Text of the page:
Media 3

A medium is alive as long as it is being used for pornographic ends

In his Tue, 20 Dec 2011 15:51:41 +0100 post, Florian Cramer argues that McLuhan’s famous “the medium is the message” is less an effective model for radical media arts practice than a sad point of exhaustion. The creative thinking of the medium (any medium) is plainly exhausted when all it can do is nostalgically and solipsistically reflect on its own material conditions. With a deliberate sense of provocation, Cramer argues that a medium is only alive and only new when it is used for pornographic ends. Pornography is associated with the field of the message – with everything that extends beyond the deathly self-regard and self-absorption of the medial. But isn’t pornography necessarily at its basis also caught up with the thinking of mediation? Particularly if media/medium/mediation is thought more generally, less in terms of the conventional image of mechanical/electrical/electronic systems of representation and communication, than as middle, as milieu, as play of intercession and supplementation. Doesn’t pornography – and the thrill of the pornographic – hinge precisely upon the separation and exchange between image, skin, smell and sensation? Doesn’t it always figure as an alluring and disabling middle space that disturbs the immediacy of sex as such – that precedes, exceeds and proceeds from whatever it is that actual physical intimacy/coupling represents? And isn’t sex itself – assuming that it can somehow take shape apart from the pornographic – also a space of mediation? Isn’t it perhaps the archetypal media space? In what sense then does it represent a simple level of content? In what sense can it appear as clearly distinguishable – miraculously unmediated – message? In short, conceiving media in these broader terms, couldn’t pornography be interpreted, on the contrary, as the clearest demonstration of McLuhan’s argument? Isn’t pornography less about some simple, unmediated order of content than about an excessive medial play that is nonetheless also constitutive of sexuality?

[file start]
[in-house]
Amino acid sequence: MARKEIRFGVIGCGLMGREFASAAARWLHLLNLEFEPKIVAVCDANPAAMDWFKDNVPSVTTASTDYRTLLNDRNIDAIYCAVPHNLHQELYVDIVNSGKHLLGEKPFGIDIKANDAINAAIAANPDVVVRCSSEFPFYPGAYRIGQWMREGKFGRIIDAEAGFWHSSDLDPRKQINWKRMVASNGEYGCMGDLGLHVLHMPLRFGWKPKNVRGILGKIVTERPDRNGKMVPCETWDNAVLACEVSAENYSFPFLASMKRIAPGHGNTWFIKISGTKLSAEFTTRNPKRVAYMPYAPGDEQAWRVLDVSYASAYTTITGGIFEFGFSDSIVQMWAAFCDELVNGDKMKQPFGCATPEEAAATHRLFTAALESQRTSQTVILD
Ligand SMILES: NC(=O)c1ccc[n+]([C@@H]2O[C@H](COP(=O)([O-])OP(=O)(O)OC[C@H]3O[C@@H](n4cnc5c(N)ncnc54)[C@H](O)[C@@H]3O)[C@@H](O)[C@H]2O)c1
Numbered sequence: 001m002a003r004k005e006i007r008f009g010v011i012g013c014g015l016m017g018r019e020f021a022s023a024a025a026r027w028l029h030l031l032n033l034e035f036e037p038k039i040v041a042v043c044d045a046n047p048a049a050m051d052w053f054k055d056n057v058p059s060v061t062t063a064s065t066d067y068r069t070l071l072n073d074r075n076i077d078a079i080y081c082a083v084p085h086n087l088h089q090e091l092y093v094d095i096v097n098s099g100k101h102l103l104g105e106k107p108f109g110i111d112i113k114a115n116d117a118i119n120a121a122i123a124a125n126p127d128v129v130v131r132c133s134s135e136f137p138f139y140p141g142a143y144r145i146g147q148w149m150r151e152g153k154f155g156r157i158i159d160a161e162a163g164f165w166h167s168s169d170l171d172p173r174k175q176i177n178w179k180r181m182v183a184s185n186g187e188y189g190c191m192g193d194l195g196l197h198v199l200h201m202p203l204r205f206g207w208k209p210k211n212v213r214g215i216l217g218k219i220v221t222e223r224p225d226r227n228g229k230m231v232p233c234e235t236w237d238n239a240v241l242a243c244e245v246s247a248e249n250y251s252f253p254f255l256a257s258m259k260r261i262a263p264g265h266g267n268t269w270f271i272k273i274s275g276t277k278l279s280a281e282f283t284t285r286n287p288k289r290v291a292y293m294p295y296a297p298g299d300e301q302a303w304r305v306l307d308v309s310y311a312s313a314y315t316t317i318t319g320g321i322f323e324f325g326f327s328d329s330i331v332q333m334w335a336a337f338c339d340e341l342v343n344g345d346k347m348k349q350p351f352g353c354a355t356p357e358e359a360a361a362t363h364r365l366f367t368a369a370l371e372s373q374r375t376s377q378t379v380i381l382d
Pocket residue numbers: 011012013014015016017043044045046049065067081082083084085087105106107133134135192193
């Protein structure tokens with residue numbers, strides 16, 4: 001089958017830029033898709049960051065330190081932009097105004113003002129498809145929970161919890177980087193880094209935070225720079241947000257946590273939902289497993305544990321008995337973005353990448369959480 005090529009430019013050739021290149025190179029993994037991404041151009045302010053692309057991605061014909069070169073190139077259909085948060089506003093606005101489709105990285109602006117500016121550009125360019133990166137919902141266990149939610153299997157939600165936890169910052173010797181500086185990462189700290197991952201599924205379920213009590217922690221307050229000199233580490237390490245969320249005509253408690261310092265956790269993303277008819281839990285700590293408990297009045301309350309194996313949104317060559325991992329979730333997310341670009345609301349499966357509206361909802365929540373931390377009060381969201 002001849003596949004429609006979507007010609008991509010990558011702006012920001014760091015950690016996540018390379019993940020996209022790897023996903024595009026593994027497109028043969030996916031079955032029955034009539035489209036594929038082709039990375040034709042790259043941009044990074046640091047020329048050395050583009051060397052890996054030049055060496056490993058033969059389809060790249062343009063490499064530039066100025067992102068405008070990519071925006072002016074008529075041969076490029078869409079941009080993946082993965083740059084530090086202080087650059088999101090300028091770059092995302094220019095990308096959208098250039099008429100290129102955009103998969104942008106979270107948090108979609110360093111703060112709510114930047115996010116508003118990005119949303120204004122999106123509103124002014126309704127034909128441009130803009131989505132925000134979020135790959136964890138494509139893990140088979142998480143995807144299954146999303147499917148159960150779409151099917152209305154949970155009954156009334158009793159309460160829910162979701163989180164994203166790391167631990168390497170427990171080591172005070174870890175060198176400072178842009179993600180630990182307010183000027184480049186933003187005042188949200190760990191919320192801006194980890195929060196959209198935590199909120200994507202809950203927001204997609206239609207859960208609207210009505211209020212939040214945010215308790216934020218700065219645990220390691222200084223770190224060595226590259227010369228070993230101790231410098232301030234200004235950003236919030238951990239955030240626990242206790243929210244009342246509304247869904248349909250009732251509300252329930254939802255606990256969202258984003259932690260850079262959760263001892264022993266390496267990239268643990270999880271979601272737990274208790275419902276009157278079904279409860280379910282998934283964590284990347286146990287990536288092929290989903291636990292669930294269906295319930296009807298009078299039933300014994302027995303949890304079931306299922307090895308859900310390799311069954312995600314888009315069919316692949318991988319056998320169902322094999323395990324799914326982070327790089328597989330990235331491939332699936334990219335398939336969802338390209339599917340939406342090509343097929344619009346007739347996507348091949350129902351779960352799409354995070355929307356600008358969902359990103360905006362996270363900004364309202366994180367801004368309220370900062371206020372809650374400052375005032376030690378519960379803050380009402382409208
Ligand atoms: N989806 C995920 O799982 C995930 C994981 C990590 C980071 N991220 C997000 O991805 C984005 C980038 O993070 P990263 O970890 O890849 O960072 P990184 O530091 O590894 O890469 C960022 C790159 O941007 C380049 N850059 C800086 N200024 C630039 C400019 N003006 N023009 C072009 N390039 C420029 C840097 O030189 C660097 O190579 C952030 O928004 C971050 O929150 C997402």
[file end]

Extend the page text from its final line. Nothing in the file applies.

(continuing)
I guess what I’m trying to suggest is that it is only when working with a restricted and conventional sense of both medium and message that Cramer’s critique of McLuhan gains any force. The genuine challenge, however, of McLuhan’s slogan is to think beyond these conceptions – to recognise media, for instance, where before we had only seen traffic lights. And this, of course, may also entail thinking beyond McLuhan’s notion of media as extensions of human capacity or as technological-ecological features, recognising instead more intricate and fundamental conditions of mediation.

I should stress, however, that my aim in extending the sense of media is less to establish some vast and vertiginous uber-discipline (very unlikely) than to pursue a thread of argument to its logical consequences, or, more aptly, to follow a rough pathway to wherever it leads. And of course this is hardly an aim that I can lay claim to myself. I could mention the work of many theorists, but I am thinking now particularly of the writings of Michel Serres. Serres is interesting in terms of the way he links a nuanced concern with the texture of mediation to a concern with the real and the material. In a manner that echoes the thinking of the Pre-Socratics, Serres conceives the material world as itself constituted by sets of dynamic mediations, rather than insisting that the medial is entirely reserved for the realm of human representation, communication, technological invention and finitude. In this manner, the distinction between medium and message, between intervening tool and substantive content, becomes meaningless. Mediation appears as an inescapable condition of all being.

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